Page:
alexa Purification and properties of a yeast protein kinase.
Environmental Sciences

Environmental Sciences

Journal of Biodiversity, Bioprospecting and Development

Author(s): Lerch K, Muir LW, Fischer EH, Lerch K, Muir LW, Fischer EH

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Abstract A protein phosphokinase (EC 2.7.1.1.37) was isolated from baker's yeast (Saccharomyces cerevisiae) after a 17,000-fold purification; the purified enzyme is homogeneous according to the criteria of gel electrophoresis and ultracentrifuge analysis. The enzyme has a high isoelectric point of ca. 9 and appears to exist as a monomer with a molecular weight of 42,000 plus or minus 1500. It is neither stimulated by cyclic 3',5'-AMP, -GMP, -CMP or -ump nor inhibited by the regulatory subunit of rabbit muscle protein kinase (Reimann, E. M., Walsh, D. A., and Krebs, E. G. (1971), J. Biol. Chem. 246, 1986). In the presence of divalent metal ions, preferably Mg-2+ or Mn-2+, the enzyme readily transfers the terminal phosphate group of ATP to phosvitin, alphaS1B- and beta a-casein and an NH2-terminal tryptic peptide derived from beta a-casein, but not to protamine, lysine, or arginine-rich histones or to yeast enzymes such as phosphorylase, phosphofructokinase, or pyruvate carboxylase; serine and polyserine were also inactive as phosphate acceptors. Km values of 0.17 mM for beta a-casein and 0.2 mMfor ATP were determined at 10 mM Mg-2+. The urified yeast protein kinase also catalyzes the reverse reaction, namely, the transfer of phosphate from fully phosphorylated beta a-casein or its NH2-terminal peptide to ADP resulting in the formation of ATP. AMP, GDP, UDP, and CDP did not serve as phosphate acceptors in this reaction. As observed by Rabinowitz and Lipmann (Rabinowitz, M., and Lipmann, F. (1960), J. Biol. Chem. 235, 1043) both reactions have different pHoptima with values of 7.5 for the forward reaction (phosphorylation of the proteins) and ca 5.2 for the formation of ATP; both are differently affected by salts. Phosphorylation of beta a-casein with [gamma-32-P]ATP followed by digestion of the labeled protein with trypsin indicated that all the radioactivity was exclusively introduced in an NH2-terminal peptide possessing the unique sequence: Glu-Ser(P)-Leu-Ser(P)-Ser(P)-Ser(P)-Glu-Glu...(Ribadeau-Dumas, B., Brignon, G., Grosclaude, F., and Mercier, J.-C. (1971), eur J. Biochem. 20, 264). By subjecting beta a-casein and its NH2-terminal peptide to the combined action of almond acid phosphatease and purified yeast protein kinase, it was determined that the phosphorylation and dephosphorylation reactions proceed randomly, i.e., all seryl phosphate residues are equally susceptible and that the rate of phosphorylation decreases drastically as the number of bound phosphate groups in the substrate diminishes.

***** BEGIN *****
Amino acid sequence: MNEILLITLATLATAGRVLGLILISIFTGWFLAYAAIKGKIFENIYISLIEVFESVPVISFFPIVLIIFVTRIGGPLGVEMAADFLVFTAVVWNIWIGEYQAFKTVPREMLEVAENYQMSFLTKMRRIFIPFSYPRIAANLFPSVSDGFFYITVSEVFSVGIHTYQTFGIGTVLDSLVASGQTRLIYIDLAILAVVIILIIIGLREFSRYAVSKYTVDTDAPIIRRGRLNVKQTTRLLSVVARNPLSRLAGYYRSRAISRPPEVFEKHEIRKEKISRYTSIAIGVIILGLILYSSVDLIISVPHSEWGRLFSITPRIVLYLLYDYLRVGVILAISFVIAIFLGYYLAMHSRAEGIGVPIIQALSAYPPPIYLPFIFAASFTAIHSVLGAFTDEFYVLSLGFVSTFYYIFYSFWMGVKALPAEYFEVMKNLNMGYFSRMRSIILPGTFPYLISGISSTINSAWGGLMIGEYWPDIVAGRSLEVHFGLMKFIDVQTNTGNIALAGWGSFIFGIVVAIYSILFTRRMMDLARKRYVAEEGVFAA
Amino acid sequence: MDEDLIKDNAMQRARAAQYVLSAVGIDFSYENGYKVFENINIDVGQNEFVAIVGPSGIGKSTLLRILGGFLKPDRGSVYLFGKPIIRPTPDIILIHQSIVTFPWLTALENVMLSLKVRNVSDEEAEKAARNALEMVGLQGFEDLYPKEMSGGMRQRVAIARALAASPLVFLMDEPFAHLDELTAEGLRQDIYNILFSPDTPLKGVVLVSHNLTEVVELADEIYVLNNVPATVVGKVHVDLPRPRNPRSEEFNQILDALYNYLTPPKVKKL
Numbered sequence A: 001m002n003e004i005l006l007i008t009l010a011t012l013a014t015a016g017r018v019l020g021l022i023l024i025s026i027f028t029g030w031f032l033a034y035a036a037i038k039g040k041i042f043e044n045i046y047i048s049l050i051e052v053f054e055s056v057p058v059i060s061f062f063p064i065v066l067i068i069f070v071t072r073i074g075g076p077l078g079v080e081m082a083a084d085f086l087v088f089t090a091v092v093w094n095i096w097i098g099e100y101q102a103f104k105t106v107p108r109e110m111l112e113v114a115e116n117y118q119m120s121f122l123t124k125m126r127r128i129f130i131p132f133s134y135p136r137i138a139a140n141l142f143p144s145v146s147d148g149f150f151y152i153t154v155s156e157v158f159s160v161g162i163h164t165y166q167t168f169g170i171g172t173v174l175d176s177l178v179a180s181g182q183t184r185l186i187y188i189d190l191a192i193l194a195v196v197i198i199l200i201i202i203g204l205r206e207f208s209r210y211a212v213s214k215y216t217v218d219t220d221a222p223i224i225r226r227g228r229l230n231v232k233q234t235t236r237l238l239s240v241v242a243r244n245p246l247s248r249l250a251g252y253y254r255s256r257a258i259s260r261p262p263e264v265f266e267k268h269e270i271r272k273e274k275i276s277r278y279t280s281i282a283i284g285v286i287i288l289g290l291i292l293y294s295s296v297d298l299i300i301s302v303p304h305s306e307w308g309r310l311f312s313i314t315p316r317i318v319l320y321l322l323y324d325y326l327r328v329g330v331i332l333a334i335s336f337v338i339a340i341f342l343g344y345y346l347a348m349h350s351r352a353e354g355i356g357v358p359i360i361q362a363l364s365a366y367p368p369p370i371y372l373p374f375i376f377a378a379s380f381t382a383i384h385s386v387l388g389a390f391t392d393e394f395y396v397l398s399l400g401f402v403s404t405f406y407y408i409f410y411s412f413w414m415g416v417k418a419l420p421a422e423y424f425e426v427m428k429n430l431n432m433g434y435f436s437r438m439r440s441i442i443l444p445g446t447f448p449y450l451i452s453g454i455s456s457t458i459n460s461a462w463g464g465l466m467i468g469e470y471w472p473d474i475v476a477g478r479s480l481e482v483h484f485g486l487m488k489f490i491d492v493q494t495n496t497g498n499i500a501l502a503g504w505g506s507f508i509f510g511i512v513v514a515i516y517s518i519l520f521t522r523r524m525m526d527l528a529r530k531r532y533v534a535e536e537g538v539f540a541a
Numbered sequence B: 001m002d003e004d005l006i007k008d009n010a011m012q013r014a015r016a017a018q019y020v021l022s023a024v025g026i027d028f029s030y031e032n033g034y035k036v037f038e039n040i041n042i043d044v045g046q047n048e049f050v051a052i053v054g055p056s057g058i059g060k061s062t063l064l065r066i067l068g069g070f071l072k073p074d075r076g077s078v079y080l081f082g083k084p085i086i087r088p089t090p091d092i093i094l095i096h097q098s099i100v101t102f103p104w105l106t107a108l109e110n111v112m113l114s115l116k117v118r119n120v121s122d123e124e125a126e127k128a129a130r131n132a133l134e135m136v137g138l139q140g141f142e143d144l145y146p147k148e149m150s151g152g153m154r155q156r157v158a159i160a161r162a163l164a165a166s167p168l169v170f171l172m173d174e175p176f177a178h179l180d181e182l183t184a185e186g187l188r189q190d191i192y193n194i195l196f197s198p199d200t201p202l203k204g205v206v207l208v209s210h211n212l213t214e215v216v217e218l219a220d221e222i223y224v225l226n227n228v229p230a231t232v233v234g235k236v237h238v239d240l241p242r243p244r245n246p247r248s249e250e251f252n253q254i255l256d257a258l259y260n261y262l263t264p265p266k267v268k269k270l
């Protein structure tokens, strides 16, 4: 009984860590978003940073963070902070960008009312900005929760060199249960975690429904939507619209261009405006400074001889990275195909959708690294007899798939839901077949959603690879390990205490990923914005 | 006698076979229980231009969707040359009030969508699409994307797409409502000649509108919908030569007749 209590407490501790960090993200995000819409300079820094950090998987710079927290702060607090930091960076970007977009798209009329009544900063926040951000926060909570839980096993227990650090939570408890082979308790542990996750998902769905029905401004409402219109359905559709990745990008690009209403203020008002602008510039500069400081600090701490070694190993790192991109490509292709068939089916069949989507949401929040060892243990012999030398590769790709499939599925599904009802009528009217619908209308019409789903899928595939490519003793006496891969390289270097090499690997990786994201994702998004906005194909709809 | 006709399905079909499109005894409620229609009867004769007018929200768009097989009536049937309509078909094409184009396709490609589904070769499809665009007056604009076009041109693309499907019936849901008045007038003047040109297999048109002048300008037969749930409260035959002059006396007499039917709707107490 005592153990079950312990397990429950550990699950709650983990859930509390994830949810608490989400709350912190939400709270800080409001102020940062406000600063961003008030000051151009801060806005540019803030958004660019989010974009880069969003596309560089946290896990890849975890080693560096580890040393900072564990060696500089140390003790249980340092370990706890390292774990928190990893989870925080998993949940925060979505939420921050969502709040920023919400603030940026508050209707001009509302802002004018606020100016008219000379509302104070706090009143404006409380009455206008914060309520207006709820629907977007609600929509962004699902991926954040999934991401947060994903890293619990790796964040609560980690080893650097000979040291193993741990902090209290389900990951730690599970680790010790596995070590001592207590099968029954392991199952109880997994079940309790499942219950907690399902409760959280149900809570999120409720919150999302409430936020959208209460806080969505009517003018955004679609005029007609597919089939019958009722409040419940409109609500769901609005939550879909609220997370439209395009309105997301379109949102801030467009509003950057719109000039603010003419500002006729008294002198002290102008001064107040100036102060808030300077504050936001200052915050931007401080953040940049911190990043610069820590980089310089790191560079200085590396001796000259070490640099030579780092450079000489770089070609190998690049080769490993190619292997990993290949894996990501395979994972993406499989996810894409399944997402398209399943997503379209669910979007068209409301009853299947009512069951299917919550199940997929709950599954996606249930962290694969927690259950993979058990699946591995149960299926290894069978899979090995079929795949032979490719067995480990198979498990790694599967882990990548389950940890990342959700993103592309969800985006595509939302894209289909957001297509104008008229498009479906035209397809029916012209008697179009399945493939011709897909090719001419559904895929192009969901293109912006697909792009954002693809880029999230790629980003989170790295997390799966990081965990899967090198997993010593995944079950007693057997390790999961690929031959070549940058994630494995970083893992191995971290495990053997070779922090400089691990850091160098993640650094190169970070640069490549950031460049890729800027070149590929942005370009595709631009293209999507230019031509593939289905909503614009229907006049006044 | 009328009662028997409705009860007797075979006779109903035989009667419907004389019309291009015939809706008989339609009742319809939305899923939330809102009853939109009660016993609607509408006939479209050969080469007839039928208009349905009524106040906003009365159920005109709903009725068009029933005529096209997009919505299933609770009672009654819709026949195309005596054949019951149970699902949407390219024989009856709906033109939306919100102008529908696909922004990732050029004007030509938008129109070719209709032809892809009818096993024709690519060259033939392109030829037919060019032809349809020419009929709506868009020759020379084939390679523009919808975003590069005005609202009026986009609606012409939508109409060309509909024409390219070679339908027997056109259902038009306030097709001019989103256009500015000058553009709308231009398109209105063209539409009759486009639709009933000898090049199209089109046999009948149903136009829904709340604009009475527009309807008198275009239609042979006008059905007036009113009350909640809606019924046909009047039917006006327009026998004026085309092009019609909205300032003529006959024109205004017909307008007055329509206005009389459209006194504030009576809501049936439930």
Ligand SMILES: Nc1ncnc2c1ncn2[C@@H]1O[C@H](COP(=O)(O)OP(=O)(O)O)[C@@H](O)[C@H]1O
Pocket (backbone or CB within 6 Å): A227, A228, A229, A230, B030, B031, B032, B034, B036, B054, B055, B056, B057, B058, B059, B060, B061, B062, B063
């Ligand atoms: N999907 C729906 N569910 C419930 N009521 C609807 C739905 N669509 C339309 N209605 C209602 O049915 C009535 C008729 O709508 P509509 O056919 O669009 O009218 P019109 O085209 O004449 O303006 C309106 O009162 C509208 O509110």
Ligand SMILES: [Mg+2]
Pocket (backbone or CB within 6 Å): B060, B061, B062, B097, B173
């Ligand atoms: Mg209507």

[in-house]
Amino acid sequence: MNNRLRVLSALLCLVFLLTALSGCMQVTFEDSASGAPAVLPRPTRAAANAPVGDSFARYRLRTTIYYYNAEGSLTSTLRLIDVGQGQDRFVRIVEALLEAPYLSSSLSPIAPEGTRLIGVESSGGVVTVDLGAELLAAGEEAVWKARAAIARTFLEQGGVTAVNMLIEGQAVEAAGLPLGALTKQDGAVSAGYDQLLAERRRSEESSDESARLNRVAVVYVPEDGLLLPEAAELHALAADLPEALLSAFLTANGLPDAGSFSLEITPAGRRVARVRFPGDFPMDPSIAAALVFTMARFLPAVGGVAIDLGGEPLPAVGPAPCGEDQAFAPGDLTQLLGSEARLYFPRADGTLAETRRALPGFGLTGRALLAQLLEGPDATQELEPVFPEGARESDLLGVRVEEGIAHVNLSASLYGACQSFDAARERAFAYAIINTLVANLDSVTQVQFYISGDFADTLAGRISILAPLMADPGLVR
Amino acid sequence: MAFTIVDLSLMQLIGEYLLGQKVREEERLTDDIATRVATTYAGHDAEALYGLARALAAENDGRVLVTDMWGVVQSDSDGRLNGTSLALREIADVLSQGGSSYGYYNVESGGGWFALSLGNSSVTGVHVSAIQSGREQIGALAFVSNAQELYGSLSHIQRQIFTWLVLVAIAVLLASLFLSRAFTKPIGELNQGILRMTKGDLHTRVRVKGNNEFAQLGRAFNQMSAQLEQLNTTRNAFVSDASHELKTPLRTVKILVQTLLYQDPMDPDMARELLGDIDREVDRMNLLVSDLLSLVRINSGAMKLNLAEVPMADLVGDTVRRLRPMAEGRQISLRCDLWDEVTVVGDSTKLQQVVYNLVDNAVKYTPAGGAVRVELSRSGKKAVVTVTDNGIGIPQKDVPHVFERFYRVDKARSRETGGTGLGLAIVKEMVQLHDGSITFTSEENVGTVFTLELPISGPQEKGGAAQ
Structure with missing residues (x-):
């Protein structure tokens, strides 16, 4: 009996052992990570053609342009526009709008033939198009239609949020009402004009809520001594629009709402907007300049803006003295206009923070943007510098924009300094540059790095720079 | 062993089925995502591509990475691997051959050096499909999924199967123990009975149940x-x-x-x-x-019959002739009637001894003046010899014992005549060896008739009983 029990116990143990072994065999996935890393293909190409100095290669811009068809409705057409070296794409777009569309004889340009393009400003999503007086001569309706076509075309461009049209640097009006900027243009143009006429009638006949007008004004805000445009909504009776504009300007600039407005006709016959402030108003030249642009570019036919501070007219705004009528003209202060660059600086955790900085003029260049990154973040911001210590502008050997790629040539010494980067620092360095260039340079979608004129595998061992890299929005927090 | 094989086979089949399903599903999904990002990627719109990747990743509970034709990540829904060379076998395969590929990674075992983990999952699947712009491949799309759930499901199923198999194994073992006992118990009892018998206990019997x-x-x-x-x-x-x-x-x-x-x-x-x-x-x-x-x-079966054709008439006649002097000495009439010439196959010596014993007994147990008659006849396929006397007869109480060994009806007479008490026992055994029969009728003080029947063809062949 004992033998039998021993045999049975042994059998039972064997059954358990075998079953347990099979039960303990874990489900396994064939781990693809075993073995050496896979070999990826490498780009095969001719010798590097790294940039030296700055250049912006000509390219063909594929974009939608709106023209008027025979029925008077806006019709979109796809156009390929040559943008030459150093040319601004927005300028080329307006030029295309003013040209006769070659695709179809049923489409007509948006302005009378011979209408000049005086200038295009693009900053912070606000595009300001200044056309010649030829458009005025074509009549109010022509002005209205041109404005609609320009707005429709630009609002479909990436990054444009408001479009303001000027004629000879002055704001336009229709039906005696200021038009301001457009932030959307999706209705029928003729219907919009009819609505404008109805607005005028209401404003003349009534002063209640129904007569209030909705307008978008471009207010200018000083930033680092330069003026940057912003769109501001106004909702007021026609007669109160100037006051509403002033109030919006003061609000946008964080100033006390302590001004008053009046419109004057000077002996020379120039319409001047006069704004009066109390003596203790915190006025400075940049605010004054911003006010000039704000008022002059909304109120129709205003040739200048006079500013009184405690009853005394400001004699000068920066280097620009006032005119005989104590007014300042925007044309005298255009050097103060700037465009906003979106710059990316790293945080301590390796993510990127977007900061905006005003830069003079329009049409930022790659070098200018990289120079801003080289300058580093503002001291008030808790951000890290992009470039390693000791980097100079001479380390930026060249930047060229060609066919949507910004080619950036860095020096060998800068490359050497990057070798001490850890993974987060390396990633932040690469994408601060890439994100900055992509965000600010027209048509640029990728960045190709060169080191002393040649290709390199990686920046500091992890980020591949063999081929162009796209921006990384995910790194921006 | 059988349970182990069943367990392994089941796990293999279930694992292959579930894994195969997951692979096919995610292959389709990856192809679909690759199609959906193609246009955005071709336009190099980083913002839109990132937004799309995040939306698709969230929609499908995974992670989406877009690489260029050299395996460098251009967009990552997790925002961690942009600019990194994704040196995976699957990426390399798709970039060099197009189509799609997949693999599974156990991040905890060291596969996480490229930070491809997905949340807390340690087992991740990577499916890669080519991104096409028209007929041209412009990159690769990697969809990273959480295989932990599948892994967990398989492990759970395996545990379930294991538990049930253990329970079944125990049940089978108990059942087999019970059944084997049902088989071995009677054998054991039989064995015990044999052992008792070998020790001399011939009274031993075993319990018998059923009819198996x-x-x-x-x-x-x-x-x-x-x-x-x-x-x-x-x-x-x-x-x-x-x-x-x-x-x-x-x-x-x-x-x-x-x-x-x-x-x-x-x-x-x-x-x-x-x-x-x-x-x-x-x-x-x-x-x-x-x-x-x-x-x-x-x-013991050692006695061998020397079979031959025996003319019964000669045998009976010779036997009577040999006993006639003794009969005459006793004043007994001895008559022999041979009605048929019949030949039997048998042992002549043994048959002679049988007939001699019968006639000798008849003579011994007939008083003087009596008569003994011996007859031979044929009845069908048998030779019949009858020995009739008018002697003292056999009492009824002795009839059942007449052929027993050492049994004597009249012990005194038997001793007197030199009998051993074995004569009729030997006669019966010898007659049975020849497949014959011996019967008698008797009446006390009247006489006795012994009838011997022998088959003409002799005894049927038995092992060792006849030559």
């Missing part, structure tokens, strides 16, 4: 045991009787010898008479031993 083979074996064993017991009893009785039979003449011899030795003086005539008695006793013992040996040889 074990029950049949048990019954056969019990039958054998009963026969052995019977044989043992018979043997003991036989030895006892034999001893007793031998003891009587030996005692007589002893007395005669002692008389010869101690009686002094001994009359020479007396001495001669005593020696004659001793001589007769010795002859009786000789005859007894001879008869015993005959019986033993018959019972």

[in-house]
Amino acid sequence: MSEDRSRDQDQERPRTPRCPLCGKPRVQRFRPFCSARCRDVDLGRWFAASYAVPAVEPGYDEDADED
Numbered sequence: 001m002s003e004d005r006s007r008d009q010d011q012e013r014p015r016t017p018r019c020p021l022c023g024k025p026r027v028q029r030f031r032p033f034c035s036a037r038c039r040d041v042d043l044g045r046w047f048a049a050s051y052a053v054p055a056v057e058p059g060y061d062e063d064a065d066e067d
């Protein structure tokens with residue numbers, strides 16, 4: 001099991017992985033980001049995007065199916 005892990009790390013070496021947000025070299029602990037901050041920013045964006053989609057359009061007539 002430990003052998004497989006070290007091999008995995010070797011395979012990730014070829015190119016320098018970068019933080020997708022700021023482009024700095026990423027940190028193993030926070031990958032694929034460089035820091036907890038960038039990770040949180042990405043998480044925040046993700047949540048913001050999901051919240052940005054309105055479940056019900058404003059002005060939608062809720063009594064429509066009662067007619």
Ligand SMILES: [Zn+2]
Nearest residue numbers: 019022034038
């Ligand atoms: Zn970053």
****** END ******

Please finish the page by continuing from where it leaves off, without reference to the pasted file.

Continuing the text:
This article was published in Biochemistry and referenced in Journal of Biodiversity, Bioprospecting and Development

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